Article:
Researchers have developed a way to store data in the form of DNA, and reckon it will be a viable alternative to hard discs within ten years. The problem of what to do with the world's data is one that is yet to be completely solved. Expensive, bulky, electricity-sapping hard disks are one option, while magnetic tape is another – cheaper, but it degrades over time and you'd need a lot of it to handle the 3 zettabytes' worth of data that is estimated to be around these days.
Scientists at the European Bioinformatics Institute (EBI) think they might have come up with a viable third option: storing data in DNA-like strands. They have successfully created a way to keep MP3s, PDFs, text files and photos in the form of DNA which requires no power and should, they say, last for tens of thousands of years.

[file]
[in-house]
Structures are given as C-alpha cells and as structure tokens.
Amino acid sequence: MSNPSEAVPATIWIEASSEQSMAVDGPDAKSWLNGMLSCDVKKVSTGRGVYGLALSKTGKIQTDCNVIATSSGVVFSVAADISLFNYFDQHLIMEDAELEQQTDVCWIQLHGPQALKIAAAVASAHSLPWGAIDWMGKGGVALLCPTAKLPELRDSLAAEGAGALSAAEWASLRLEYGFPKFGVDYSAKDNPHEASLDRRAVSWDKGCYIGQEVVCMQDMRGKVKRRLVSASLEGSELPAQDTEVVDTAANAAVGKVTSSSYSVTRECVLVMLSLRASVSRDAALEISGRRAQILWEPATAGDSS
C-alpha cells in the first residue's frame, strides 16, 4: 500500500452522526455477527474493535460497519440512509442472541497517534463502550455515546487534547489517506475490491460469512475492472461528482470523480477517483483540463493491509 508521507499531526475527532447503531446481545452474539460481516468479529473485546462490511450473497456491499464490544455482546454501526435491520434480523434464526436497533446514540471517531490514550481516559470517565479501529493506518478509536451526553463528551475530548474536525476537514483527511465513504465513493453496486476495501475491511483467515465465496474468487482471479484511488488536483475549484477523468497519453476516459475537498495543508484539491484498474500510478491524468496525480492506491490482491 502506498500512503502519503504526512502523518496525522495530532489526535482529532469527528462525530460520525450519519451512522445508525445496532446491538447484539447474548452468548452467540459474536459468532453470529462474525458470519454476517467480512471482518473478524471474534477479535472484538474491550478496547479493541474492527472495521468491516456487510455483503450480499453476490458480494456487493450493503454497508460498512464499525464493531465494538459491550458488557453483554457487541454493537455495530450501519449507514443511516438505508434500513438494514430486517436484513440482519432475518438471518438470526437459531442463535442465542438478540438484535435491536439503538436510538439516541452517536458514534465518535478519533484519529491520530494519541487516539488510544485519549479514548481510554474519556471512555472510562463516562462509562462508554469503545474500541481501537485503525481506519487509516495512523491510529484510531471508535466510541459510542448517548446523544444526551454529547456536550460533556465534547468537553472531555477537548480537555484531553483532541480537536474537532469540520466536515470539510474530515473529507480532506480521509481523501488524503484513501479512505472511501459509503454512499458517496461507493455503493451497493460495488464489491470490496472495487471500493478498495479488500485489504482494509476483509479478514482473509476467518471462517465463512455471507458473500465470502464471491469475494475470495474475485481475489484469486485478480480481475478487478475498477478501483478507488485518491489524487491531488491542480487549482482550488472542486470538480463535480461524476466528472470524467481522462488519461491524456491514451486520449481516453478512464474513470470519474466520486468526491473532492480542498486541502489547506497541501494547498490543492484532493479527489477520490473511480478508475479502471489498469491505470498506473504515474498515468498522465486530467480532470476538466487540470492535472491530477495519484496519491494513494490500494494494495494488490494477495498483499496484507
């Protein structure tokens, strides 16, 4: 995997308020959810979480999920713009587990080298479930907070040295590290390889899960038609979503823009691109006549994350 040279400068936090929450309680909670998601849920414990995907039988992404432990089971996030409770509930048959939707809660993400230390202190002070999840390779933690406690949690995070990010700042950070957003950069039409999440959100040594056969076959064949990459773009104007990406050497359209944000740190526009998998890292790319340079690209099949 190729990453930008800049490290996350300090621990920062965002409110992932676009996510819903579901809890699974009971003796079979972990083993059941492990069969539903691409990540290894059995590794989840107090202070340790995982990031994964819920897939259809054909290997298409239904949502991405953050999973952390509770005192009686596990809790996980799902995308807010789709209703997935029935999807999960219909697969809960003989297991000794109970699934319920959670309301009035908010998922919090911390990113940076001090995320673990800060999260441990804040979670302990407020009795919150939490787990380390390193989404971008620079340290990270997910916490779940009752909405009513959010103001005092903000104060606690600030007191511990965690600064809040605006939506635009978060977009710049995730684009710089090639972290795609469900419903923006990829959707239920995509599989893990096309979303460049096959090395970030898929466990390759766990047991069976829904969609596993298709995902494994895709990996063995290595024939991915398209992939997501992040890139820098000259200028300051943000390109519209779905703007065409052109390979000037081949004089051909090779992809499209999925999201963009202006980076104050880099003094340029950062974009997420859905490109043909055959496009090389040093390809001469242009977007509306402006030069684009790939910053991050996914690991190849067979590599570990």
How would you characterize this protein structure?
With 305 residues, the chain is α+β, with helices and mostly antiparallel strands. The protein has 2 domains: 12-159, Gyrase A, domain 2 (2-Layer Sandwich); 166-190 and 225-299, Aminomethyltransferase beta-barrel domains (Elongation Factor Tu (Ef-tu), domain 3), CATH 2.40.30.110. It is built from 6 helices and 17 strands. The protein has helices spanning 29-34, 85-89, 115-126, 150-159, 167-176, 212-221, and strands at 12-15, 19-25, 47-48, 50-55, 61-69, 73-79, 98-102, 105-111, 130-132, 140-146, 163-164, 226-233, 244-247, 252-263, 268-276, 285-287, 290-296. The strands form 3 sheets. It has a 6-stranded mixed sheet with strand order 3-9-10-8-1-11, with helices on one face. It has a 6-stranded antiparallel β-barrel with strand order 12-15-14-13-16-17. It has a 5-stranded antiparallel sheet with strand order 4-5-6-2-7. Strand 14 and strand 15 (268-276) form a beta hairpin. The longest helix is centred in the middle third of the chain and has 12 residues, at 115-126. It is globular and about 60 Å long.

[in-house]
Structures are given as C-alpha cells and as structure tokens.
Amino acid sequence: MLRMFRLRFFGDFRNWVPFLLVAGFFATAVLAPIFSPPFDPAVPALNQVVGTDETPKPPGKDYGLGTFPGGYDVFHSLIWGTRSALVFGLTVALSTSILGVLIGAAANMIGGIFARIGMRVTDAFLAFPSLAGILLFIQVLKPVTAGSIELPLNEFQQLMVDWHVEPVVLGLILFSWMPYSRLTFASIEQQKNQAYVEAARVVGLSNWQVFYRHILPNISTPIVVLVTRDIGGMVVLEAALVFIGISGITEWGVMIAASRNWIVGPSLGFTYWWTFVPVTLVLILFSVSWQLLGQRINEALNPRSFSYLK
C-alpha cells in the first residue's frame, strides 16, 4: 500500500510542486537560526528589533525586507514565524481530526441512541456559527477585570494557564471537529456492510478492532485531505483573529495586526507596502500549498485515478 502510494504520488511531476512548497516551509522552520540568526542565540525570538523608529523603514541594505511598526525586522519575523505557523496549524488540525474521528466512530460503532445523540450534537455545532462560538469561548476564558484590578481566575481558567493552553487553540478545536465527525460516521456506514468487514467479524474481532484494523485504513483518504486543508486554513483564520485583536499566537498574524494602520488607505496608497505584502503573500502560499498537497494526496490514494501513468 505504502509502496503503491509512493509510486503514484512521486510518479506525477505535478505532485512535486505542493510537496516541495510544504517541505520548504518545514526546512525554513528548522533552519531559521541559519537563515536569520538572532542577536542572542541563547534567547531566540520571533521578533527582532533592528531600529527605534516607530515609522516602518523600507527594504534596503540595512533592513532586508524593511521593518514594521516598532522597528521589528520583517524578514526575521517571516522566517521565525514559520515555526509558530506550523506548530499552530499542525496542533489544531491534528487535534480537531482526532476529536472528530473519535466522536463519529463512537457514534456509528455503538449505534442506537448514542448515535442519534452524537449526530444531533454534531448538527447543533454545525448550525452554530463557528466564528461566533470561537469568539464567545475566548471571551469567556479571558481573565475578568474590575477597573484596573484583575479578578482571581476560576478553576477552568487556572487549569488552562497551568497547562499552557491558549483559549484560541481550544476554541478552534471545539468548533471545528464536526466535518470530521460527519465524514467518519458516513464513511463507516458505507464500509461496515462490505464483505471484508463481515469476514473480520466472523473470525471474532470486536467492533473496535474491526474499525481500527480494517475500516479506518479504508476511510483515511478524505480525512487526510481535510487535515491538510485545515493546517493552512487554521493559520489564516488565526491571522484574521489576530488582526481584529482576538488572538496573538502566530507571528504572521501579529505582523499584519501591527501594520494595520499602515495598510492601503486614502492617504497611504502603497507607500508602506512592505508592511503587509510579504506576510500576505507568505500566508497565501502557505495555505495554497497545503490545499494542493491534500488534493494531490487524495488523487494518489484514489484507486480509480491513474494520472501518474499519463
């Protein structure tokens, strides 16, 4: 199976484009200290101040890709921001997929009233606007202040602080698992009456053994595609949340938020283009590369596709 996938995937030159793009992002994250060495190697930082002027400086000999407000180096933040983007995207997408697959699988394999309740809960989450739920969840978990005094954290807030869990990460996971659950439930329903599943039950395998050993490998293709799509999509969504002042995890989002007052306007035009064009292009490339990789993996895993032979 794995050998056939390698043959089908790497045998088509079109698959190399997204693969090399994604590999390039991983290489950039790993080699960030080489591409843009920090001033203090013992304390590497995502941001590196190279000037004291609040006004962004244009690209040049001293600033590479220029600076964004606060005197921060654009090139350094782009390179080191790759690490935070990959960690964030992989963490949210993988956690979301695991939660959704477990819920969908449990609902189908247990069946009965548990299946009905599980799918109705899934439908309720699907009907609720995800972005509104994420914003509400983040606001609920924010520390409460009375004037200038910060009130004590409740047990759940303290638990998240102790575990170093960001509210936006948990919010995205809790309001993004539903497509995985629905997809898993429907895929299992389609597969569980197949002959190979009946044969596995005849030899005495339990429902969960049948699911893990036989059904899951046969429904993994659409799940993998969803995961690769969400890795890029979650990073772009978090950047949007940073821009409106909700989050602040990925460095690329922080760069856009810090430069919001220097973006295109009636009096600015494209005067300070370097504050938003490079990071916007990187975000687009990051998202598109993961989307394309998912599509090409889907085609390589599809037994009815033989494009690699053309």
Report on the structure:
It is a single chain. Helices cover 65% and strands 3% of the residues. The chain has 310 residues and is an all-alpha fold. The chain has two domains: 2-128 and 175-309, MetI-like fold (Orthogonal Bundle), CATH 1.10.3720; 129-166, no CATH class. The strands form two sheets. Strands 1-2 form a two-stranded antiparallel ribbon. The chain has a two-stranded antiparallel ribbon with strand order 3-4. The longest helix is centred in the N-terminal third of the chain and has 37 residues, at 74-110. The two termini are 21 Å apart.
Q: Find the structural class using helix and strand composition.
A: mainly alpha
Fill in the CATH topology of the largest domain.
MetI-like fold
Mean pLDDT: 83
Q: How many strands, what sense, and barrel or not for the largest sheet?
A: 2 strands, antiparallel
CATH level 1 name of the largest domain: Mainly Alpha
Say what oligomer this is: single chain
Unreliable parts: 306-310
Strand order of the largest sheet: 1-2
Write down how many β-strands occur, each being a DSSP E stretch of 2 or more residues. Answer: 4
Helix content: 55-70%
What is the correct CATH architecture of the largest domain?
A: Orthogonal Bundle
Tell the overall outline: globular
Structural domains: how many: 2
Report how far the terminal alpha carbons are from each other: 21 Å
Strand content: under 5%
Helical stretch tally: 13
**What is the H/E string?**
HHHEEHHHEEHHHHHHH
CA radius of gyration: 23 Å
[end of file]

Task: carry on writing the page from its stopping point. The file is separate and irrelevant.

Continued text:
Unless you have 11,408 years going spare, you'll never make it through 100 million hours of HD video but that's about how much data you could store in a cup of DNA, just in case. “We already know that DNA is a robust way to store information because we can extract it from wooly mammoth bones, which date back tens of thousands of years, and make sense of it,” explains Nick Goldman of EMBL-EBI. “It's also incredibly small, dense and does not need any power for storage, so shipping and keeping it is easy.”
The downside is that this approach is insanely expensive for now – synthesising DNA from encoded information is a hugely intensive operation – but the researchers estimate that the DNA-storage option may come down in price enough for us mere mortals to invest our most precious data in within ten years.
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